Many coaches will encourage athletes to perform as many reps as possible on the final set as a way to challenge athletes to push a little harder. This will also help you determine when they’re ready to increase the weight and how much the increase should be. In the above example, an athlete who performs all three sets of 8, but cannot do 9 reps on the last set, should increase the weight the smallest amount possible. On the other hand, an athlete who performs 15 reps on the final set is probably ready for a slightly larger increase in order to provide a more appropriate stimulus.
Different versions of this scheme have been used by intermediate and advanced lifters for many years with exceptional results. The idea is that the first set should end up being fairly easy, and allows for some technique practice. The second set becomes more challenging, and the third set is where the hardest work is done.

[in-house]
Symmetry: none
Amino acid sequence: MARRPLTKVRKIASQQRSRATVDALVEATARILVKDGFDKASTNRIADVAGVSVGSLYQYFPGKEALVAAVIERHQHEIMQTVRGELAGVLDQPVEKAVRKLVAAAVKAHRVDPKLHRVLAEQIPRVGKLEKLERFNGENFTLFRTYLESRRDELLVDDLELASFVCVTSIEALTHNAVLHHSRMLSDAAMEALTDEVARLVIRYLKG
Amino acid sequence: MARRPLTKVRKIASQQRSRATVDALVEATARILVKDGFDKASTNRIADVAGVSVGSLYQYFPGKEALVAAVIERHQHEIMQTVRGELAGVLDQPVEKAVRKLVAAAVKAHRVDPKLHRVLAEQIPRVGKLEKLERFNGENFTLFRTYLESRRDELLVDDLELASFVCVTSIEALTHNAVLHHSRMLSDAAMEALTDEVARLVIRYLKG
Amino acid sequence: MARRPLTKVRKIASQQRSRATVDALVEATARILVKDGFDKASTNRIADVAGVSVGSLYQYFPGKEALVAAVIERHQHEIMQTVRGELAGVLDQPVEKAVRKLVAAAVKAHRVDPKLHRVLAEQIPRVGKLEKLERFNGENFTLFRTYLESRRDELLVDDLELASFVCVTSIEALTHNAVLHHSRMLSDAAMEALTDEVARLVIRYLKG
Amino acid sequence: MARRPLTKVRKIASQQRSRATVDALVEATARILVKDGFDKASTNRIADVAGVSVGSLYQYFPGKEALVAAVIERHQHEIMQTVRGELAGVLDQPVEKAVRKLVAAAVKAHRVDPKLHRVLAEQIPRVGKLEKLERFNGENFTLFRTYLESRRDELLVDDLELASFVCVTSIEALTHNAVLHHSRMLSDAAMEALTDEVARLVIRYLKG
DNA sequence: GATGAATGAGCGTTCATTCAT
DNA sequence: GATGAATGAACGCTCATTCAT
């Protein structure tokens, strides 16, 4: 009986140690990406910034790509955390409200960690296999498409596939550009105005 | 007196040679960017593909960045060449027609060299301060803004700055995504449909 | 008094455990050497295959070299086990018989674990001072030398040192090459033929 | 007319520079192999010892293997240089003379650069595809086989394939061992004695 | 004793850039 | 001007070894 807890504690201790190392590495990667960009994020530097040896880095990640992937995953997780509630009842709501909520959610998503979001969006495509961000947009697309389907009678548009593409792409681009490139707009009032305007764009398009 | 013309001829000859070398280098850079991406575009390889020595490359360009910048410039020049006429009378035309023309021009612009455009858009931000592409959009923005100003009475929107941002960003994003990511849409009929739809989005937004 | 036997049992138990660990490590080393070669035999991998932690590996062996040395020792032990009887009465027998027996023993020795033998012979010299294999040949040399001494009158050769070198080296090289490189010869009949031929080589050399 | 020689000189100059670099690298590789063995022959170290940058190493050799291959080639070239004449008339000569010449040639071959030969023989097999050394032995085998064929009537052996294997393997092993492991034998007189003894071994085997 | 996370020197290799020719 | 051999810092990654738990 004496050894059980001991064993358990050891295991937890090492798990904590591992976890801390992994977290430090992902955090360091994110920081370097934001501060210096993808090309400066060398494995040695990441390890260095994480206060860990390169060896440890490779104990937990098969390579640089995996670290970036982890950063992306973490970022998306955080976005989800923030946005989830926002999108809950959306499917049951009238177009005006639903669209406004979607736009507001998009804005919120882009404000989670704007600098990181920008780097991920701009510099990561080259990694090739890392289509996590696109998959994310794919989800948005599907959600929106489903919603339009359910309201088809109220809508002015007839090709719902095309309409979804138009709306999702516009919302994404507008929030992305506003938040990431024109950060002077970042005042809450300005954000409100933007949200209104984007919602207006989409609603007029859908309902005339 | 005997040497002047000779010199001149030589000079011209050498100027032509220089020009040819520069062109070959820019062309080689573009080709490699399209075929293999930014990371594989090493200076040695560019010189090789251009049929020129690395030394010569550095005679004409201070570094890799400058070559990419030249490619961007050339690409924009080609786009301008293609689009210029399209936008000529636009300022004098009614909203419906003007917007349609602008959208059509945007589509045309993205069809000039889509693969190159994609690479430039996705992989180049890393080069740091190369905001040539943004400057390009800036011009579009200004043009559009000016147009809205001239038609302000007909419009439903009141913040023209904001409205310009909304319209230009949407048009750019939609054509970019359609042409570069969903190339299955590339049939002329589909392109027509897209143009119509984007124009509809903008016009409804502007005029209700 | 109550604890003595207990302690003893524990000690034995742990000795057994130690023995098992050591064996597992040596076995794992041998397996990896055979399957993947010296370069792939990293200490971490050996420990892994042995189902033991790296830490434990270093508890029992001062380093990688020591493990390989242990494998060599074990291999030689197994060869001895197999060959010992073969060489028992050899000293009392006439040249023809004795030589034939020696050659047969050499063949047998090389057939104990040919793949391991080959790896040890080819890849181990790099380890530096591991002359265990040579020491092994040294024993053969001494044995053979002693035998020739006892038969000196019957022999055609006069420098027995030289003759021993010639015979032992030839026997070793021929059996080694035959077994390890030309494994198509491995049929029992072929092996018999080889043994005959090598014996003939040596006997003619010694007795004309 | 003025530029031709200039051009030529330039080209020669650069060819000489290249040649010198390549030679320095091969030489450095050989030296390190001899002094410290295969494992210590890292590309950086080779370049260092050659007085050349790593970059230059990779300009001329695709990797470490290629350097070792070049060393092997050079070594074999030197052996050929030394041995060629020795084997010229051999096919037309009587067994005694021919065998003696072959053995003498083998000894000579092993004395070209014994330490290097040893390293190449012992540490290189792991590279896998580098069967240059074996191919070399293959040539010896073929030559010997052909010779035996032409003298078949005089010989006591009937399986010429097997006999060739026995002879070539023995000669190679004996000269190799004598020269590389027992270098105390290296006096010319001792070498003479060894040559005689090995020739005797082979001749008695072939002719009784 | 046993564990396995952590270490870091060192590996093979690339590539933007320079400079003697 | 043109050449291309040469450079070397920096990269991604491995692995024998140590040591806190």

It’s also important for athletes to record their results somewhere so they can look back at how many reps they performed in the last workout as a way to set goals for the current session. Most young athletes aren’t going to remember they did 7 reps on the second set of bench press with 115 lbs. Most young athletes already have enough on their minds, so that needs to be recorded. A workout card or training software like TrainHeroic are great options for recording workout results.
Teaching athletes about progressive overload is also an excellent way to teach the value of slow progression so they begin to understand the concepts of gradual adaptation, recovery, and super-compensation. Many young athletes think that they are going to get big and strong very quickly. Teaching them the value of consistency and gradual adaptation is an excellent concept for young athletes to understand so they begin to value small gains and how to schedule their workouts.
The graph below should be drawn out and explained to every athlete beginning a strength training program so they have a basic understanding of how the process works and why consistent training is so important.